If you are using the internet as a resource for learning to farm, Google often showers you with euphemisms.  For example if you want to learn about making hay, you get a lot of personal finance sites about  making hay while the sun shines, learning to recognize your hay day.  You can imagine what comes up if you Google the word ruts.  I can tell you—having sunk a tractor clear up to its axles, so that the only way to release it was to clear by hand the muddy ground between the ruts it was in—getting stuck in a muddy rut is like…well, like failing to override your brain defaults and remaining settled in monotonous routines.

 When the first really nice spring days come, in early March or so, I notice in town everyone is all smiles and optimism.  What a beautiful day, they exclaim.  I keep quiet.  Who am I to detract from town folks’ relief (as soon as they can find it) from another drab overcast winter we have just endured in Central Ohio?  But my heart sinks when those first thaws come.  I know what is waiting for me back at the farm.  It will be late May, really, before I can rely on getting around with the tractor and pickup truck without tearing things up.

 This leads me to mention the agricultural term sacrifice area.  This would be a part of the farm, typically around the barn, where you cannot hope to have healthy pasture.  You need to keep the cattle somewhere for a prolonged period during the winter, when they are on hay, and that area becomes overwhelmed with too much manure and too much persistence of traffic.  In the spring, when the herd heads out to pasture again (like a ship leaving harbor, heading out to sea), the abused ground of the sacrifice area dries up into a kind of almost lunar-looking landscape, sprouting little more than occasional big ugly weeds that could be featured in science-fiction movies.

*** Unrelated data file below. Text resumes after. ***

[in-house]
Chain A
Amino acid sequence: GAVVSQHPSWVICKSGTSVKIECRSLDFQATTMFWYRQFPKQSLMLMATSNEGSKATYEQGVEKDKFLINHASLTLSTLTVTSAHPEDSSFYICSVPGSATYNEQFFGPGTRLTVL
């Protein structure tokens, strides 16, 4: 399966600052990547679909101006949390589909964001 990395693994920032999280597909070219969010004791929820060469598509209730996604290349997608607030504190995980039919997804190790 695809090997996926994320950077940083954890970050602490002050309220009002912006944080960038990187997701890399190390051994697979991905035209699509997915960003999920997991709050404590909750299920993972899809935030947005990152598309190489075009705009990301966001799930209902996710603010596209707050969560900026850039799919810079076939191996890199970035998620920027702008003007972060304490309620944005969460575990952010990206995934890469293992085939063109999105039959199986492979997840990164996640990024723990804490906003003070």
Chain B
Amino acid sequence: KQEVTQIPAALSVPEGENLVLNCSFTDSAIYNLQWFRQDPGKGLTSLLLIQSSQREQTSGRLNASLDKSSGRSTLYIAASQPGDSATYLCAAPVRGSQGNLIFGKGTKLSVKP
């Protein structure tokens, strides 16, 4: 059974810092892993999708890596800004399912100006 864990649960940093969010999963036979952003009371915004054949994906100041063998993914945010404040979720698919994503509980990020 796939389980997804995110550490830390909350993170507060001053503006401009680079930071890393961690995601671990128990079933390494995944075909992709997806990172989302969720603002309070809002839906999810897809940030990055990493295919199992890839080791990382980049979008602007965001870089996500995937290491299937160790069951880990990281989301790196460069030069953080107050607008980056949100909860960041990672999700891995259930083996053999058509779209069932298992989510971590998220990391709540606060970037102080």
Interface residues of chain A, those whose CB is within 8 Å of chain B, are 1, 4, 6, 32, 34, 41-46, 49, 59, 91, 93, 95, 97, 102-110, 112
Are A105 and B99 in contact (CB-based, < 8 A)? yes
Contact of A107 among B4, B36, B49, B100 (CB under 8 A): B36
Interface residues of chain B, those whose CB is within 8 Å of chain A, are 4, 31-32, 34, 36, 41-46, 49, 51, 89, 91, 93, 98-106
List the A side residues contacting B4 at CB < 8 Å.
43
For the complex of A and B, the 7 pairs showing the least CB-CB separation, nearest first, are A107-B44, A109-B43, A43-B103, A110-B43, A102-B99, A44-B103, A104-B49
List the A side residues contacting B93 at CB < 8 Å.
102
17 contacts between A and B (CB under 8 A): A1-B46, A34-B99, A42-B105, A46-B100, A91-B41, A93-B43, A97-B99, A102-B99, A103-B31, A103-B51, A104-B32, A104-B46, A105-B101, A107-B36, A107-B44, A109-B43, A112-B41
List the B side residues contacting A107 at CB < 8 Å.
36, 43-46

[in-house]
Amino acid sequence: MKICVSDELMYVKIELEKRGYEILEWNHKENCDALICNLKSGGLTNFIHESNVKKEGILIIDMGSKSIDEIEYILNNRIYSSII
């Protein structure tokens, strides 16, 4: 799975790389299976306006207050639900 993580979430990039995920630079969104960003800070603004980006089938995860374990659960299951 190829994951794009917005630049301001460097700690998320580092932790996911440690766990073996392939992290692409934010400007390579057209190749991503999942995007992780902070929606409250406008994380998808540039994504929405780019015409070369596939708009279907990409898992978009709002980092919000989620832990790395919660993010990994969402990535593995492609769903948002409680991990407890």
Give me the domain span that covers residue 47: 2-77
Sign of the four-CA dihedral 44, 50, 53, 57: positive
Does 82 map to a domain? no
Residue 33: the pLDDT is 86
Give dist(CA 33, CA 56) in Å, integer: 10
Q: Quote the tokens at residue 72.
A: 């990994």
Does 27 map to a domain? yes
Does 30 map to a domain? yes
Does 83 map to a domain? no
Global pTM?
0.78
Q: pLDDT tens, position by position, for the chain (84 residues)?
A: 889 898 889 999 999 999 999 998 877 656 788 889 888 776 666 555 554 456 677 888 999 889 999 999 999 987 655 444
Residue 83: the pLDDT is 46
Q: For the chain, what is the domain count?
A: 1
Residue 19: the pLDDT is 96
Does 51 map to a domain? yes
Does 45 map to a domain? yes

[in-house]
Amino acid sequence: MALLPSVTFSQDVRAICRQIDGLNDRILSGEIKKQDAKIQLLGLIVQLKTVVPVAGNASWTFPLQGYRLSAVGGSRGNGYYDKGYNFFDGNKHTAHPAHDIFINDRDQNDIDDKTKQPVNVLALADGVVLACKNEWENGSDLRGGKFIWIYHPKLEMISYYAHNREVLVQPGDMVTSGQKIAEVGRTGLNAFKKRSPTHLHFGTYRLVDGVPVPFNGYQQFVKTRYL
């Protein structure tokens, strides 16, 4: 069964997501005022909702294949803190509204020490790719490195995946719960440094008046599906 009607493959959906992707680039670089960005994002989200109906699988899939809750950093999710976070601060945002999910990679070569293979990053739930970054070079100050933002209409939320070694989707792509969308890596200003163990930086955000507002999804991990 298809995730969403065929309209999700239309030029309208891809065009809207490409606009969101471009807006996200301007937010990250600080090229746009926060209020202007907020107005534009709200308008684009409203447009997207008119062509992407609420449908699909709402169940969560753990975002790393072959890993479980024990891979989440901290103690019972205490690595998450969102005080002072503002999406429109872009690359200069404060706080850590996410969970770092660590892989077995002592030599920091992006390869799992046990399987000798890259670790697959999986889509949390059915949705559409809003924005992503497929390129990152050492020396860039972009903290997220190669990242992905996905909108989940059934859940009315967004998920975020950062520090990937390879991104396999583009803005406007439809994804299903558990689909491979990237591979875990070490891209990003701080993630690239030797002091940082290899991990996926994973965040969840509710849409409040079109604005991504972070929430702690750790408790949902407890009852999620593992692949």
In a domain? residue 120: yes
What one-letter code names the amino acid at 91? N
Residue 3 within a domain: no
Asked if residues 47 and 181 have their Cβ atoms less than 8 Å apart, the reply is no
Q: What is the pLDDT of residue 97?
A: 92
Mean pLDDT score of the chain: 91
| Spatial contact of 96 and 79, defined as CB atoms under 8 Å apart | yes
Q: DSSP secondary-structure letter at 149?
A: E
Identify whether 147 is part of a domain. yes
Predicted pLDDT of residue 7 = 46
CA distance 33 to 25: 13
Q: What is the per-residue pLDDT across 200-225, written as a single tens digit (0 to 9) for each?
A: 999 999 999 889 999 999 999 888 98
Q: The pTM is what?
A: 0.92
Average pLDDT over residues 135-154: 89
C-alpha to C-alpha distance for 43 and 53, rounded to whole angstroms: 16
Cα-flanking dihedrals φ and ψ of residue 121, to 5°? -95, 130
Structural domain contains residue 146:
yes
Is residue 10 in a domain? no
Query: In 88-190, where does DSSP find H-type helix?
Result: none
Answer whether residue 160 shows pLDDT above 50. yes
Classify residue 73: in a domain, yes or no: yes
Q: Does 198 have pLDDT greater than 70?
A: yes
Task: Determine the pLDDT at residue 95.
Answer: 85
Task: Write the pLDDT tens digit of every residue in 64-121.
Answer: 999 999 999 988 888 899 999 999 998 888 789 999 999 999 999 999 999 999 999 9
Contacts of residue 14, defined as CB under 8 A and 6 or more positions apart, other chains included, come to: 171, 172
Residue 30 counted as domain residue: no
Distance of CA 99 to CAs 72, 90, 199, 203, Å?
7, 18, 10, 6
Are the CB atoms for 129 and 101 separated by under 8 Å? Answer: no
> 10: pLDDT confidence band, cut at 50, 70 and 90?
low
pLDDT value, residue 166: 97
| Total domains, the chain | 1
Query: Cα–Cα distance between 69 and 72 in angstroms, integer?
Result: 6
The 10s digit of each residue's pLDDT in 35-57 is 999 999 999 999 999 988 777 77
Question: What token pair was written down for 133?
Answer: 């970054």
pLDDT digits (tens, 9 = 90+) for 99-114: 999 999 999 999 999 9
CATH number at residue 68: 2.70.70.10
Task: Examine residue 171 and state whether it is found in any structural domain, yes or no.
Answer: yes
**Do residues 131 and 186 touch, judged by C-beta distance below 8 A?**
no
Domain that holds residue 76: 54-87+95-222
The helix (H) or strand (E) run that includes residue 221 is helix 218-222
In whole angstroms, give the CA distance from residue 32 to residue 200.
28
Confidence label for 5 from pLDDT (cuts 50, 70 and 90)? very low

We are working Up the Lane to contain the wintering-with-hay phase of our operation to as few as sixty days.  And we are offering a larger area for wintering, to mitigate somewhat the damage done to the ground.  But it gets sloppy in there, let me tell you.

 Tractors have split brake pedals.  You can brake the left rear tire only or the right rear tire only.  This is because if you are in slippery mud on a two-wheel-drive tractor, you sometimes cannot turn by steering the front tires.  Let’s say you need to turn left or you will hit a tree.  You turn the front tires to the left, but the tractor keeps going straight, now pushing the left-facing front tires forward through the mud.  It is a really big tree.  So what you do is, you step on the left brake pedal.  The left rear wheel stops and the right keeps turning, swinging you to the left.  This manner of driving in mud takes some getting used to.  After a while it becomes second nature.  You learn to combine turning the front tires (slightly, not too sharply) with small touches of the brake pedal, scooting around gracefully in the slop.  Coming up hills you learn to tack in mud the way a sailor tacks in wind.